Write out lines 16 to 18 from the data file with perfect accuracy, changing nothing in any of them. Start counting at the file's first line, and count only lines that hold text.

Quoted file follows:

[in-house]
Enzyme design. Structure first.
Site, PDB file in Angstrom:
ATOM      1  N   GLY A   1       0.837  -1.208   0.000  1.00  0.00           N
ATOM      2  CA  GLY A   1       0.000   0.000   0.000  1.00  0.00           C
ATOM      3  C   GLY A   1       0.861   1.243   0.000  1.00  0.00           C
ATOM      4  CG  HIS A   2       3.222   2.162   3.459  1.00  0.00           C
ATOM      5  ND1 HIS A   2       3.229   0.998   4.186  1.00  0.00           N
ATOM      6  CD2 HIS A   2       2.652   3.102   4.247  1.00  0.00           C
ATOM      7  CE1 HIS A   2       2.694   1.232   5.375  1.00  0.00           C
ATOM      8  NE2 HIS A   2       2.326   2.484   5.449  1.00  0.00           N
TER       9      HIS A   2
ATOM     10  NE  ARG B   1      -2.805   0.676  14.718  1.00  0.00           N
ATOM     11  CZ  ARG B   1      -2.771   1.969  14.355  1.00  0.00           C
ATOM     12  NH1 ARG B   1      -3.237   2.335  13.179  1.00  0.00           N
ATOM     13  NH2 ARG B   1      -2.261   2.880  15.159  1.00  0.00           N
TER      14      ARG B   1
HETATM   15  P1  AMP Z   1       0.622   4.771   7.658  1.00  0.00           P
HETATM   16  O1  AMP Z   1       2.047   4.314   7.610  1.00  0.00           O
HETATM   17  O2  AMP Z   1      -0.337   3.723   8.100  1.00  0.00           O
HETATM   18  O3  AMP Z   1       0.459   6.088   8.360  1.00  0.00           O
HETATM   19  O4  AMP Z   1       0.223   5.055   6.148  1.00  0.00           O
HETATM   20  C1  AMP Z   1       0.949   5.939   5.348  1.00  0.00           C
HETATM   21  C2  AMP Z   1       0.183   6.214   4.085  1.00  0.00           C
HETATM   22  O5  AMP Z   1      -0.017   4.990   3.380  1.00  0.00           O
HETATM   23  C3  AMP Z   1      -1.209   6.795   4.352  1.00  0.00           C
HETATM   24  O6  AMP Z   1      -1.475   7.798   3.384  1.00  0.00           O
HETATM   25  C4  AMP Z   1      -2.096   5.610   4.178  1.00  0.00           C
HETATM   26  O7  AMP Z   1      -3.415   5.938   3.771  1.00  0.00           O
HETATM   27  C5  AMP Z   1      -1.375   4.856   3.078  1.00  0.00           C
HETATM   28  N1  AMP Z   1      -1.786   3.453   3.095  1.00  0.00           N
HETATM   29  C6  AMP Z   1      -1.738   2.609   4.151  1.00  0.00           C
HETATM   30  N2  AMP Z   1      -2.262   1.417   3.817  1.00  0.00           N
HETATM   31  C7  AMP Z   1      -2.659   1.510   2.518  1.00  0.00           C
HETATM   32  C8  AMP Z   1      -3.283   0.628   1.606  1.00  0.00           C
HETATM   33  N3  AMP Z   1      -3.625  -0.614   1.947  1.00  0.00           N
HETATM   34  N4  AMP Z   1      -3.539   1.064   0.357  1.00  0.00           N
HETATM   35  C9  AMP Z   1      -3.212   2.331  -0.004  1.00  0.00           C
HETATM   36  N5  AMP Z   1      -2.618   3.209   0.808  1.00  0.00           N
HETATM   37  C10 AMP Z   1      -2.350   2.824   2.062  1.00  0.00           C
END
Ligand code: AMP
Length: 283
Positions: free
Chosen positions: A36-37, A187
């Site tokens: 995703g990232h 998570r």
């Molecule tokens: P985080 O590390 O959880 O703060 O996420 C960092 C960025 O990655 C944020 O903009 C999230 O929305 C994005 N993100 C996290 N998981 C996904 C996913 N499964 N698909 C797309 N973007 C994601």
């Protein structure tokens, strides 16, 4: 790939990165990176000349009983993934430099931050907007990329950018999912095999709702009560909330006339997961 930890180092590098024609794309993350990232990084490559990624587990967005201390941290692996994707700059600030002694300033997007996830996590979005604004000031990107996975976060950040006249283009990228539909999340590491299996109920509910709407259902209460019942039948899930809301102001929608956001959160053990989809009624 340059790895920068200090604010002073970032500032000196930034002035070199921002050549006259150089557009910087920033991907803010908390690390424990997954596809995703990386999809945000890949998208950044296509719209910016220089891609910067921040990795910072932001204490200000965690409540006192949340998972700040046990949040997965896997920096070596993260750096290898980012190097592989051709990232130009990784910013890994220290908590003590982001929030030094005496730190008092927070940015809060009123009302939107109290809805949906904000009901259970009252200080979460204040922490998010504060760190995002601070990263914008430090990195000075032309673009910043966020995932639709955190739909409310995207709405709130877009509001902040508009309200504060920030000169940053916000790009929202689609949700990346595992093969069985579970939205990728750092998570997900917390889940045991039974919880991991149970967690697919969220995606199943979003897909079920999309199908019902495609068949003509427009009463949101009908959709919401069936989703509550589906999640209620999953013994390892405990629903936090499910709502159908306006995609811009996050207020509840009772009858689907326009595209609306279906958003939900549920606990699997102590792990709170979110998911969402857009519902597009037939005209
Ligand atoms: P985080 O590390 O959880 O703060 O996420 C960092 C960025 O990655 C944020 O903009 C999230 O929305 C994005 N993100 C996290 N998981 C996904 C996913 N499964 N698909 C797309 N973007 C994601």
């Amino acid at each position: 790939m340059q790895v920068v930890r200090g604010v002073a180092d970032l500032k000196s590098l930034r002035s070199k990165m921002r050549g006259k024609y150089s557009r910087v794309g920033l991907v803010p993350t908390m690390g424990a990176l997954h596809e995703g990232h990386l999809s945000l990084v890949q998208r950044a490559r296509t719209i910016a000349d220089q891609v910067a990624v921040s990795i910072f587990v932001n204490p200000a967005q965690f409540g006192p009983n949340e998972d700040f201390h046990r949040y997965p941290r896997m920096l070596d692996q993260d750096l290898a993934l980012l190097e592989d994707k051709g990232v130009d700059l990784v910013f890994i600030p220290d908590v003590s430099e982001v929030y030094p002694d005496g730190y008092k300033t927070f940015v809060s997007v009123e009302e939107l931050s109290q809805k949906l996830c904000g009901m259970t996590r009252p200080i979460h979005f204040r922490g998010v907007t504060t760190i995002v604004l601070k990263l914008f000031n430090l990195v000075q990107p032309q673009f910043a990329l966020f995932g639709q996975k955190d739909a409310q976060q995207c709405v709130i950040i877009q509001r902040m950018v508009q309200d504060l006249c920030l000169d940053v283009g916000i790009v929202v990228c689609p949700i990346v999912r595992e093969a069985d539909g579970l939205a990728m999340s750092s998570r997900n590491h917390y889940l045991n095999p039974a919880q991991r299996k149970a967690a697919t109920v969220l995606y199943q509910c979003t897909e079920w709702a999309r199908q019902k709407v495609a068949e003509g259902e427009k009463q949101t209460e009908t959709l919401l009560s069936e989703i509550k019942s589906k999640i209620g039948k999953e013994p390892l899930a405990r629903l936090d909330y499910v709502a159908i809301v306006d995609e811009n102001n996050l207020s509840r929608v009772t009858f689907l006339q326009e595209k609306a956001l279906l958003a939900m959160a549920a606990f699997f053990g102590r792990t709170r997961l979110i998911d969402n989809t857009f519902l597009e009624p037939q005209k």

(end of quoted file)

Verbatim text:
ATOM     13  NH2 ARG B   1      -2.261   2.880  15.159  1.00  0.00           N
TER      14      ARG B   1
HETATM   15  P1  AMP Z   1       0.622   4.771   7.658  1.00  0.00           P